In 1894 Darwen Higher Grade School was opened in Union Street, Darwen which became Darwen Secondary School in 1908.
After the First World War there were many changes to the system of education – the school leaving age was raised to 14 and the school became known as the Darwen Grammar School in 1929
“As it grew the smoke-begrimed buildings in Union Street became too small… And when county finances permitted, the present buildings were erected in Blackburn Road, near the borough boundary. To these the school moved in September 1938 to enjoy among the other advantages, comparative quiet, where adjacent playing fields saved the tedious journey to Sett End”
From a brochure from the School’s 50th Birthday in 1946
Pupils were decanted from the Darwen Grammar School in Union Street down to the Blackburn Road site. There were 304 pupils from what is now known as years 7-11 and 28 pupils in the sixth form. It was a fee paying school charged to parents and carers – £2 10s 0d per term but 111 places were awarded for children who could not afford the fees. There was a widespread industrial depression in the late 1930’s and Darwen lost 150 families to other parts of the country such as the Midlands and the South. 33 promising pupils had left the school to move with their families
Of the move the headmaster said ‘both studies and relaxations had benefitted enormously from the beautiful surroundings, and pupils had already begun to claim the school and the furniture as a treasure entrusted to them.’
The local people, the school staff and the pupils were very proud of the simple Georgian style building with a roof of Westmorland green slates. There were 8 classrooms, a sixth form room, an art room, manual instruction and metal work room, domestic science room, physics and chemistry laboratories, a science lecture room and a biology classroom. There was a gymnasium with showers, cloakrooms for girls and boys, a dining room with attached kitchens, a library and an assembly hall with a stage and a gallery. There were cycle sheds behind the school and a caretaker’s cottage at the entrance to the school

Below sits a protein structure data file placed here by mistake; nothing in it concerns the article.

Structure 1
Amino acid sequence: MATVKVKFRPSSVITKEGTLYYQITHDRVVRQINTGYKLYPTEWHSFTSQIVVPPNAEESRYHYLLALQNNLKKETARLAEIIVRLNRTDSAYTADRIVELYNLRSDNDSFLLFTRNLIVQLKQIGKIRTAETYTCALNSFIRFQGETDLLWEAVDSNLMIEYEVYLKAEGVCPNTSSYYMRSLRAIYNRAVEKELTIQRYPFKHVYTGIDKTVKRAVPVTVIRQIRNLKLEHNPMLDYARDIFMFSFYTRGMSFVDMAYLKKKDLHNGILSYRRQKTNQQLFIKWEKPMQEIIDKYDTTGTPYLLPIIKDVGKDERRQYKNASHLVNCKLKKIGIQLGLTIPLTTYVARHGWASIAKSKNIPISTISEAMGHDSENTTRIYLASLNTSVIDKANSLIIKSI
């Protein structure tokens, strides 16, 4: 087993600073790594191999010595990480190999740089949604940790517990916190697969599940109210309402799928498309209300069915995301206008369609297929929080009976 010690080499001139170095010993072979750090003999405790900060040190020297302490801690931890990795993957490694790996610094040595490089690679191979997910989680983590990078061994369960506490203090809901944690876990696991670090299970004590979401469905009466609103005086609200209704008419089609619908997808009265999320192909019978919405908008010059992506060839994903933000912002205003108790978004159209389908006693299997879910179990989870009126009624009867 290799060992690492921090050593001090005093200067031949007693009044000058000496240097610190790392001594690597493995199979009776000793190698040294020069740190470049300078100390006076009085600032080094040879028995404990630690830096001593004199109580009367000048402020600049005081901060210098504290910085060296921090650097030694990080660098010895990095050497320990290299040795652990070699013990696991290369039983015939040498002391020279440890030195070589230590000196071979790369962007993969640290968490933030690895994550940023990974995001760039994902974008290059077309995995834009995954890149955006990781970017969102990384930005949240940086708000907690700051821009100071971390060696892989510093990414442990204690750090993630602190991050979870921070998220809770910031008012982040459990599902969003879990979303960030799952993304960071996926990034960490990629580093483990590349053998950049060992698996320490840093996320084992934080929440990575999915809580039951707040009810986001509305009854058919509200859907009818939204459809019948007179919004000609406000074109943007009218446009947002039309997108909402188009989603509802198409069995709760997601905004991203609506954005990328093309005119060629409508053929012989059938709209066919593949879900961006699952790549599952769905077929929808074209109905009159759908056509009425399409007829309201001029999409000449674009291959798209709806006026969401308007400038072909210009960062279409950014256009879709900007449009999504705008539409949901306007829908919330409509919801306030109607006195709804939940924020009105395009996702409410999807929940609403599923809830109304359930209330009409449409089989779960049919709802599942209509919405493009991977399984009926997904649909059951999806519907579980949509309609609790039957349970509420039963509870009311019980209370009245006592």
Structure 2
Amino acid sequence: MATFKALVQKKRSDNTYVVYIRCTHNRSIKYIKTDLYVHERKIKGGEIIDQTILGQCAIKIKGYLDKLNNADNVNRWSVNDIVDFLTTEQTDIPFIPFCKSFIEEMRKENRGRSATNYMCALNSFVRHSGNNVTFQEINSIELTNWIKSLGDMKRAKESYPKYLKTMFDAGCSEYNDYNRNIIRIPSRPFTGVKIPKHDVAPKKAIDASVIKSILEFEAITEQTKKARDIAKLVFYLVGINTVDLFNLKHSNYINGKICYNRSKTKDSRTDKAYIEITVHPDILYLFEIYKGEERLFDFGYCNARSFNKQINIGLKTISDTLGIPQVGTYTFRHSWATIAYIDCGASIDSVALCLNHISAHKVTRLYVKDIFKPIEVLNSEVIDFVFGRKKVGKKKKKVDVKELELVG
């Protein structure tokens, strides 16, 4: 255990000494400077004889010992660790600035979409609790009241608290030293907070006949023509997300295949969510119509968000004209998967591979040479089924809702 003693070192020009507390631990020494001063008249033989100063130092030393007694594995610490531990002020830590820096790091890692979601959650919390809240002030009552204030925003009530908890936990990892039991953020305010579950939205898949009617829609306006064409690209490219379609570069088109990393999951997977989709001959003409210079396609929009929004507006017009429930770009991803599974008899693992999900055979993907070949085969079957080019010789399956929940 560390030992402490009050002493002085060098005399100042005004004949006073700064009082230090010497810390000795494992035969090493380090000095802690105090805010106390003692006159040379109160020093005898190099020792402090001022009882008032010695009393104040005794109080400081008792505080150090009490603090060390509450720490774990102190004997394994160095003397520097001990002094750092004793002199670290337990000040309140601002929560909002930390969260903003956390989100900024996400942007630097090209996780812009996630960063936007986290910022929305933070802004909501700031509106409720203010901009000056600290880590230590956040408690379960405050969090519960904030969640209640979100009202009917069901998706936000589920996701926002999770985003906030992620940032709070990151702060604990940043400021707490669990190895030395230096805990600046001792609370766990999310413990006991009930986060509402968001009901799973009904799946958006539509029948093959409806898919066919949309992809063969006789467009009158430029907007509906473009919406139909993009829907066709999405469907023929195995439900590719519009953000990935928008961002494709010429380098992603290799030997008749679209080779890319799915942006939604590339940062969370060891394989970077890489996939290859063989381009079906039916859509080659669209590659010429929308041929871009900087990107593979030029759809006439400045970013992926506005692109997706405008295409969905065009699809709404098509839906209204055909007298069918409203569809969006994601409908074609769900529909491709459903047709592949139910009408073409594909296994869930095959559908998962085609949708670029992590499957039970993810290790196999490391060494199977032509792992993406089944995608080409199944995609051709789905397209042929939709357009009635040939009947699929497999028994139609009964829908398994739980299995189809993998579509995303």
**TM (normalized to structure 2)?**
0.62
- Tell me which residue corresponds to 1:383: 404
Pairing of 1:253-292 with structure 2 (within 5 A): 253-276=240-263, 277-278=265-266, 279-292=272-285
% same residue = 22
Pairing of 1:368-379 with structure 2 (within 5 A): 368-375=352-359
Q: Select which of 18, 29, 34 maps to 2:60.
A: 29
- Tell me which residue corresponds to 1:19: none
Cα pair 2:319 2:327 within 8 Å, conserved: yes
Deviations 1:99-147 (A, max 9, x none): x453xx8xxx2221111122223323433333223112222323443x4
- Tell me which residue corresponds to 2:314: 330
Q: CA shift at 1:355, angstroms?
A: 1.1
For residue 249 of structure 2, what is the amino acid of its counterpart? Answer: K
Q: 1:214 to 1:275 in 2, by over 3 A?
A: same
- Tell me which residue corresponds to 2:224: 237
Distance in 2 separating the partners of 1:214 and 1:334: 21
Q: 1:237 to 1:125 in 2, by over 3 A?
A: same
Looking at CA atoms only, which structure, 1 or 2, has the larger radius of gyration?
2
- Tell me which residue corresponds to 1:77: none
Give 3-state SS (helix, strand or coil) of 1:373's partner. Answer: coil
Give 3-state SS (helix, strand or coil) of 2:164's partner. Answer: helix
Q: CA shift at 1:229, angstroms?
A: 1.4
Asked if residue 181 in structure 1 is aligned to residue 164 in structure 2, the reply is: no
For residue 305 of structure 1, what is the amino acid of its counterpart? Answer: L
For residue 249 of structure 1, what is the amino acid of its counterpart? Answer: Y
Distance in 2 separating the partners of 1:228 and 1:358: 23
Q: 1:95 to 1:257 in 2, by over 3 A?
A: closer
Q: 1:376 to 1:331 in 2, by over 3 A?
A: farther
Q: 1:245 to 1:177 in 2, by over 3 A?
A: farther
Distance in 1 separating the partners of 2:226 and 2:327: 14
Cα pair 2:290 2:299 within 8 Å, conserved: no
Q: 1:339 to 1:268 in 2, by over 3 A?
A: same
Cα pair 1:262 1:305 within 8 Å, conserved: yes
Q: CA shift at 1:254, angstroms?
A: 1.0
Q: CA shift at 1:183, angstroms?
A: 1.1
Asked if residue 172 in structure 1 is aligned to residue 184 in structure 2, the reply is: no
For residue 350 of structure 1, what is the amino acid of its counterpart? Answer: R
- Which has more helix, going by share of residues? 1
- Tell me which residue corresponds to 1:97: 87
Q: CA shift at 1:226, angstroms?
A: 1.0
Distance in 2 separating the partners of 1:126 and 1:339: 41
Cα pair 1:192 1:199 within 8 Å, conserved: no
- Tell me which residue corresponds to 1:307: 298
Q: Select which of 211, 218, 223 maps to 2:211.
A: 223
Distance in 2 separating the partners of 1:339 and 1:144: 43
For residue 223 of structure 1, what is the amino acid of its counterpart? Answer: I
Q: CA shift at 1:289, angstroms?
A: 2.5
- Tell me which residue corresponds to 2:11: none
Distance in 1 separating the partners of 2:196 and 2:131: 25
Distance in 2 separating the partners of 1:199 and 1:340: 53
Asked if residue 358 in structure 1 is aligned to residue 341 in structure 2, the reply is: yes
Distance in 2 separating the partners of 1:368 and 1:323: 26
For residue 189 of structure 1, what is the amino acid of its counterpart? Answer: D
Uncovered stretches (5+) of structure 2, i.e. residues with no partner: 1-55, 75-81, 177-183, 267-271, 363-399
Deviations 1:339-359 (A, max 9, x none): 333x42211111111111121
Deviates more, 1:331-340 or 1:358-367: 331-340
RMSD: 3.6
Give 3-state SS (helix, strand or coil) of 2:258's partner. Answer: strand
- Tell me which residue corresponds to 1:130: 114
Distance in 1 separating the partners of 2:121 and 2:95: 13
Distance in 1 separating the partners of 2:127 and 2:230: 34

The aim of the school was to provide ‘ a sound and liberal education and to train future citizens both in character and intellect’. Instruction was given in scripture, English, Geography, History, Latin, French, Mathematics, Chemistry, Physics, Biology, Art, Woodwork for boys, Domestic Science for girls, class singing and physical education. It was tradition for all pupils to take one science and either art or woodwork depending on gender. In addition to the narrower school curriculum other activities were encouraged such as dancing, swimming, camping, games, reading and the production of plays. Stationery was provided for the pupils but they had to buy their own textbooks. All pupils had to have a medical inspection periodically. Photographs show there was a strict uniform of a pinafore dress for the young ladies and a blazer and trousers or shorts for the boys. However, this could not be enforced when the school opened due to wartime conditions and the rationing of clothes.
Examination success in the year of opening was worthy of merit. Of 107 pupils who had taken the School Certificate examination in the last 3 years, 75 had passed
In 1972 under the reorganisation of the education system across the country Darwen Grammar School became Darwen Vale High School